Dark creatures of Abominablood

ABOMINABLOOD: Dark Creatures In The Vacuum Of Dementia

Release year: 2019
Label: Putrid Cult

Abominablood from Argentina – a solo project consisting of pseudonym Venomous – tread the precarious line between black and death metal, where words such as “war metal” and “bestial black metal” are thrown around with abandon. Whilst far from a household name, the project has managed to put out a number of releases during its existence and, apparently, garner enough interest to release a collection of sundries via Polish Putrid Cult.

I feel it is important to point out that Dark Creatures In The Vacuum Of Dementia is not an album proper; it’s a compilation of tracks culled from various sources, many with less than stellar sound quality. The packaging itself is not very forthcoming at all, offering no information whatsoever on the source of recordings: some are labelled as demos, but for example Unknow Adoration sounds like a live track, but the packaging gives no indication of whether this is so and if so, when it was recorded.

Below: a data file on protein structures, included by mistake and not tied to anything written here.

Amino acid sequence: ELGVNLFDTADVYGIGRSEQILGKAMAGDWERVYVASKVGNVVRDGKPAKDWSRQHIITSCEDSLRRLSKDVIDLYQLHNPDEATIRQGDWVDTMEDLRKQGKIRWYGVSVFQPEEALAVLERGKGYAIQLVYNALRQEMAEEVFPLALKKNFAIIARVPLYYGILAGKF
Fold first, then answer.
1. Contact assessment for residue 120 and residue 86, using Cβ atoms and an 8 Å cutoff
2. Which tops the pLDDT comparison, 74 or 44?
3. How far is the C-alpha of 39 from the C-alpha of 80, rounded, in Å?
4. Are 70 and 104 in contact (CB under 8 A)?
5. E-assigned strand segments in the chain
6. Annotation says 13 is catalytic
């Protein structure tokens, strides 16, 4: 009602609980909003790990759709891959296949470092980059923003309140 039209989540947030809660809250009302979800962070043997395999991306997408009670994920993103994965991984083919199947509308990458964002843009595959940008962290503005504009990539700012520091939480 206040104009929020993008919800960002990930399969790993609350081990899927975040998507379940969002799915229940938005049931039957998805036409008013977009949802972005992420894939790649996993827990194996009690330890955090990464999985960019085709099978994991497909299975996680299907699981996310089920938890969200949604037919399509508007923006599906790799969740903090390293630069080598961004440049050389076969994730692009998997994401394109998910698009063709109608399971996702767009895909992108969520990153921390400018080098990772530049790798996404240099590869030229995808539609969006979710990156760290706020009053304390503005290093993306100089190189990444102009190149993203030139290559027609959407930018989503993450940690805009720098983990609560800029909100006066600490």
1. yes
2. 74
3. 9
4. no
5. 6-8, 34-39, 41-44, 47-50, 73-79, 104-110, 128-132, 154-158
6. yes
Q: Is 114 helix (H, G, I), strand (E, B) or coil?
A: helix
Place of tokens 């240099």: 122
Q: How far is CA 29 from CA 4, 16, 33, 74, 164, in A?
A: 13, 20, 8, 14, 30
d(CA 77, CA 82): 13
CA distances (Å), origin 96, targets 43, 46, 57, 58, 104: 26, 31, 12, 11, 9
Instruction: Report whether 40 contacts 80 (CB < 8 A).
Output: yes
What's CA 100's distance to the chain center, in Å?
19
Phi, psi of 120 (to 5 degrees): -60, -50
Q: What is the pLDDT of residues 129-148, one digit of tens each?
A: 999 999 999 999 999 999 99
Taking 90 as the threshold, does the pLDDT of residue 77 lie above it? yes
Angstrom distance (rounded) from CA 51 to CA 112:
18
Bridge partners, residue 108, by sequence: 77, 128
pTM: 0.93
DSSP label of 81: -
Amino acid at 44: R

That is only one of the several shortcomings on this compilation. Whoever did the assembly skipped any kind of mastering, resulting in wildly fluctuating sound levels, which is annoying to say the least. Many tracks also have production values that can’t be called good even for a demo – which is what I assume many of the tracks are – resulting in a listening experience which can be called “an acquired taste”. In other words, you’d have to be a pretty die-hard Abominablood maniac to enjoy most of what this compilation offers.

There are a couple of tracks with better sound, such as the first proper track Sundra Karma, and that’s when your average war metal enjoying Joe can dig the album. The aforementioned track is a decent if not particularly original slab of bestial, blackened death metal (or the other way around). However, for the overwhelming majority of its running time, Dark Creatures In The Vacuum Of Dementia offers tracks that sound like shit.

I’m not saying Abominablood are bad, because they’re not. But this compilation is. With proper info on the origin of the tracks, and at least cursory mastering to level the loudness, this could be worth the money for die-hard fans. As it is, it just gives off a very sloppy impression. It’s less the contents and more the presentation I deeply detest – naturally a compilation of live and demo material is likely to sound lo-fi and crummy and is as such directed not to the general audience but to the “converted”. However, a collection of that nature should still be presented properly.


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